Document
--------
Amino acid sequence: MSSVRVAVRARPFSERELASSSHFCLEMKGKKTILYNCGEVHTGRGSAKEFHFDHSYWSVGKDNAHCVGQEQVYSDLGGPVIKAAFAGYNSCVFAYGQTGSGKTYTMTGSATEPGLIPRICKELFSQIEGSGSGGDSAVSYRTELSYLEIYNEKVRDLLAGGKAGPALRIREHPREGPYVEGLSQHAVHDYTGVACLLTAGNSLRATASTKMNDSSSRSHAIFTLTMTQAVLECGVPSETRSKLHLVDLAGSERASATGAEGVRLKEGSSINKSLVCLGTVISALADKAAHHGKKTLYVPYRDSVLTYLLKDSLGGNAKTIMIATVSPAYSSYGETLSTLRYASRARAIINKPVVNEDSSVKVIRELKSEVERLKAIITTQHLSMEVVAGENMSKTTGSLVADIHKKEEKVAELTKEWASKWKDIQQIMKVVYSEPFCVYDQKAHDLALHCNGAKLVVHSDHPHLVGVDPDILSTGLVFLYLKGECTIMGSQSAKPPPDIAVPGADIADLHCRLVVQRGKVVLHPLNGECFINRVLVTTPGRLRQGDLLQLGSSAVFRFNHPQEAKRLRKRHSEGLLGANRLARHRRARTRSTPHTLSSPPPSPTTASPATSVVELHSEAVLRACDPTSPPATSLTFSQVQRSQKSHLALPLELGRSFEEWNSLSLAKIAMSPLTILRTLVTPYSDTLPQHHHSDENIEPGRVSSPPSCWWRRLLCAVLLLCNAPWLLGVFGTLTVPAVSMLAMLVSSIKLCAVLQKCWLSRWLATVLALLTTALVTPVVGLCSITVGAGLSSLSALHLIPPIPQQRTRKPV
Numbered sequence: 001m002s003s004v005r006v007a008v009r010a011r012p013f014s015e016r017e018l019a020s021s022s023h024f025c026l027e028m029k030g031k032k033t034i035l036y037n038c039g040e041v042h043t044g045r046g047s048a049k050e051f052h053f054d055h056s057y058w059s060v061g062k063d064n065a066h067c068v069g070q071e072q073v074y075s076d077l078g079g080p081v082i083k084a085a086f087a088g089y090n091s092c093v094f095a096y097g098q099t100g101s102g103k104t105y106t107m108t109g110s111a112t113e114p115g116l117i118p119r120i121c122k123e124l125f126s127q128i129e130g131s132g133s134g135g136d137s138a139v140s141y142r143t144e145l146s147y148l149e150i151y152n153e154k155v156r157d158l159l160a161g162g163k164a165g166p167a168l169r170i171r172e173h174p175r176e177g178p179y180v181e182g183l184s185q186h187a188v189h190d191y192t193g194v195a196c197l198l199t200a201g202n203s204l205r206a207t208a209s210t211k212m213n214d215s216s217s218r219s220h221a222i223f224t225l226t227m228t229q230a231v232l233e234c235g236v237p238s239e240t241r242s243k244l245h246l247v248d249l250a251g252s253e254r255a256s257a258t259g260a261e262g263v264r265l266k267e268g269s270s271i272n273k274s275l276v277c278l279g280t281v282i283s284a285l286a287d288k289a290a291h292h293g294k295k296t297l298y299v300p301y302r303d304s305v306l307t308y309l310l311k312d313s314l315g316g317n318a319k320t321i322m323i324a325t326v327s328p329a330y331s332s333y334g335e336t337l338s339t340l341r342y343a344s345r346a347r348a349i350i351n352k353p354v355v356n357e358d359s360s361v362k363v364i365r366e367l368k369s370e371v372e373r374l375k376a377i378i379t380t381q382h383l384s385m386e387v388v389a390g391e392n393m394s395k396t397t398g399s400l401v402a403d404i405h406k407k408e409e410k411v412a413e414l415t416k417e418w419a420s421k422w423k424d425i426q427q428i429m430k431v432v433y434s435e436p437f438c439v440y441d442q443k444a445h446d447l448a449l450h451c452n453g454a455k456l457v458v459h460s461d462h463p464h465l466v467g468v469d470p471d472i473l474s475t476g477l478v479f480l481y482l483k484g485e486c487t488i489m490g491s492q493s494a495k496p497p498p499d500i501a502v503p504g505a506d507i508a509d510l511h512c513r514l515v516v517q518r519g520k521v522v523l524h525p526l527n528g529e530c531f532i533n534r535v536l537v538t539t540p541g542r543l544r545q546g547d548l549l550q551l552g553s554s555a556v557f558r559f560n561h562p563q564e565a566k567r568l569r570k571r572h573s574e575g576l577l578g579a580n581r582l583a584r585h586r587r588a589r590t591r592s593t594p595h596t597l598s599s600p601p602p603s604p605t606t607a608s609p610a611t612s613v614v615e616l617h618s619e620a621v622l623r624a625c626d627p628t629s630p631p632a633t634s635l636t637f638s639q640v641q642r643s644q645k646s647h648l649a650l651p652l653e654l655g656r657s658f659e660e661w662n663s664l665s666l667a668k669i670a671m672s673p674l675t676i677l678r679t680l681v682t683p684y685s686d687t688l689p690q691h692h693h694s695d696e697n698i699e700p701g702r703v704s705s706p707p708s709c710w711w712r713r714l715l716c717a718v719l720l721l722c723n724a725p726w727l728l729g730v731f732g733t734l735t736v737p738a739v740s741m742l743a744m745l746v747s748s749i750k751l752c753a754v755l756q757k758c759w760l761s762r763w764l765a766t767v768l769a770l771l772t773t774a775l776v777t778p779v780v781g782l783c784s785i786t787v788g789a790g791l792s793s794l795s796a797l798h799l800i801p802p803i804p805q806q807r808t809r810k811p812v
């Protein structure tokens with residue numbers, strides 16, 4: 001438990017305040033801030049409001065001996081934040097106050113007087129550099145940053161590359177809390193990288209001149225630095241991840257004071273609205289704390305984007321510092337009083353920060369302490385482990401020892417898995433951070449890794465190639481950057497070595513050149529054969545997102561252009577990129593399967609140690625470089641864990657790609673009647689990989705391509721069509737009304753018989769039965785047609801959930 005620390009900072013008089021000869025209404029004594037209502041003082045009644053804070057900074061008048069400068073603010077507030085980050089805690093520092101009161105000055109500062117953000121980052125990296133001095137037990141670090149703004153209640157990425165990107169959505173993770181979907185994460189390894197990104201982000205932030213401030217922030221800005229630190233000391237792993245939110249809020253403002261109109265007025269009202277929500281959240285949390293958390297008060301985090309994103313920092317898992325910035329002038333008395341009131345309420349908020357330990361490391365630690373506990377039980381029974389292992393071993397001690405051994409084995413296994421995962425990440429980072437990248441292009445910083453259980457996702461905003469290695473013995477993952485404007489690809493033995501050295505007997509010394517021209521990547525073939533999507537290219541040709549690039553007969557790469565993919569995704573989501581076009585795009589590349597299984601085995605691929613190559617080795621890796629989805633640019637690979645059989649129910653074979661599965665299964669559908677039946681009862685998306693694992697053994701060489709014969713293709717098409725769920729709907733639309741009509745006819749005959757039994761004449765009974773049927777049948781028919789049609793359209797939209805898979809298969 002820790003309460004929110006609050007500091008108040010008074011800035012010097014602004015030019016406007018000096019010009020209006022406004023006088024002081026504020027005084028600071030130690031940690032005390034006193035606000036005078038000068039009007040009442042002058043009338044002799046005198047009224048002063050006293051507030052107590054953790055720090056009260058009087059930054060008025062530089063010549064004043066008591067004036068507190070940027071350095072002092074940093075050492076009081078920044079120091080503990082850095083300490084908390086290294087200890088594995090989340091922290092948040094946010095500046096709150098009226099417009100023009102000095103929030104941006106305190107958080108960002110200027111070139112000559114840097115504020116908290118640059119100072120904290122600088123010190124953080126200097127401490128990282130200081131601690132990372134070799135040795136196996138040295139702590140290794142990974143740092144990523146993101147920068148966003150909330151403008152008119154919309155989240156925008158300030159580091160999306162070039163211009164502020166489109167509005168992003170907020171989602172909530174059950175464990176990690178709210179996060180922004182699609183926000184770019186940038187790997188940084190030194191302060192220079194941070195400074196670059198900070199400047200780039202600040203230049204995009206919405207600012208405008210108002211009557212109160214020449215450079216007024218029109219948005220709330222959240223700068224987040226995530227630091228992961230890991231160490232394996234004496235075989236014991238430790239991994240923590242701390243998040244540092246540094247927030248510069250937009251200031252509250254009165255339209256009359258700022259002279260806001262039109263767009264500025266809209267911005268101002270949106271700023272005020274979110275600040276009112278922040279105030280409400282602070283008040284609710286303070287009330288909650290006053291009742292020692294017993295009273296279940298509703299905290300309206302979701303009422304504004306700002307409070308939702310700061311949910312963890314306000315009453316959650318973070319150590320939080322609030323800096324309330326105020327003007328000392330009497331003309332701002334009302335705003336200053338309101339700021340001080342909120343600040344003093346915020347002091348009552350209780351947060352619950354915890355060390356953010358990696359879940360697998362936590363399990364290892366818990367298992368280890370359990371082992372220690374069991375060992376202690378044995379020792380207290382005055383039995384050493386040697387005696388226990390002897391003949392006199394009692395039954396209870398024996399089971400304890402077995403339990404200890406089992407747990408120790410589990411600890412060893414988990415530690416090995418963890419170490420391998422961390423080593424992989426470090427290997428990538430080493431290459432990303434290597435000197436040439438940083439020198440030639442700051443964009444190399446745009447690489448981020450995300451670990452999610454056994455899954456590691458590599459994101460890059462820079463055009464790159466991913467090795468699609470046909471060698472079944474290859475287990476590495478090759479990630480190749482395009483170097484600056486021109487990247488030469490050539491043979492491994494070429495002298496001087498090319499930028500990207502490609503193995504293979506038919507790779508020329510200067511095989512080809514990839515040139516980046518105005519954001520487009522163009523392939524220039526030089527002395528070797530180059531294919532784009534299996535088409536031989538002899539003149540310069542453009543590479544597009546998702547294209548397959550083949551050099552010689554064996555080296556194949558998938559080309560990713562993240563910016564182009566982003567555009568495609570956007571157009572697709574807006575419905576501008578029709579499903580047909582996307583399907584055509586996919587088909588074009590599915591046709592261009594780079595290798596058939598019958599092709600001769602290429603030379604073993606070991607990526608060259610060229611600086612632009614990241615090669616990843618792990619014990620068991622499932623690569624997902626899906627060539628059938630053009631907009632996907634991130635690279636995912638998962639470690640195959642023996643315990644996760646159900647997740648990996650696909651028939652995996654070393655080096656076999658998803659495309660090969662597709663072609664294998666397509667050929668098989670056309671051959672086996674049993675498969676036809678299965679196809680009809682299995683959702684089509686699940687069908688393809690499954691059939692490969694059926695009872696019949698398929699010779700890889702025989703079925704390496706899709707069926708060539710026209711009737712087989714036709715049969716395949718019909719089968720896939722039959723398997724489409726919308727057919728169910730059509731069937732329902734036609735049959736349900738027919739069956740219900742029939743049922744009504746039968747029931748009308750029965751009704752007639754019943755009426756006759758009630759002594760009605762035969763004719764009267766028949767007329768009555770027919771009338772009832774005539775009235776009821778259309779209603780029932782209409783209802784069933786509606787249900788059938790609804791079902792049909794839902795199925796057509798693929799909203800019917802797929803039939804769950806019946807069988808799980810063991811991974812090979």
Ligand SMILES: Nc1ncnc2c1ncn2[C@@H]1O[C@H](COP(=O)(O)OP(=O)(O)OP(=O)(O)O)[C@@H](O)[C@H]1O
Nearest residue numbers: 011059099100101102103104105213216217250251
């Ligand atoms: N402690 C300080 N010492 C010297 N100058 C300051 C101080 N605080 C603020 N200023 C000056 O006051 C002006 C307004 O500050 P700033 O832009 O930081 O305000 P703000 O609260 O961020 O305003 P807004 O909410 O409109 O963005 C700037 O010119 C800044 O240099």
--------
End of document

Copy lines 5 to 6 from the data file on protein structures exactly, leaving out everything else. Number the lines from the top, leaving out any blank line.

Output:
Nearest residue numbers: 011059099100101102103104105213216217250251
């Ligand atoms: N402690 C300080 N010492 C010297 N100058 C300051 C101080 N605080 C603020 N200023 C000056 O006051 C002006 C307004 O500050 P700033 O832009 O930081 O305000 P703000 O609260 O961020 O305003 P807004 O909410 O409109 O963005 C700037 O010119 C800044 O240099």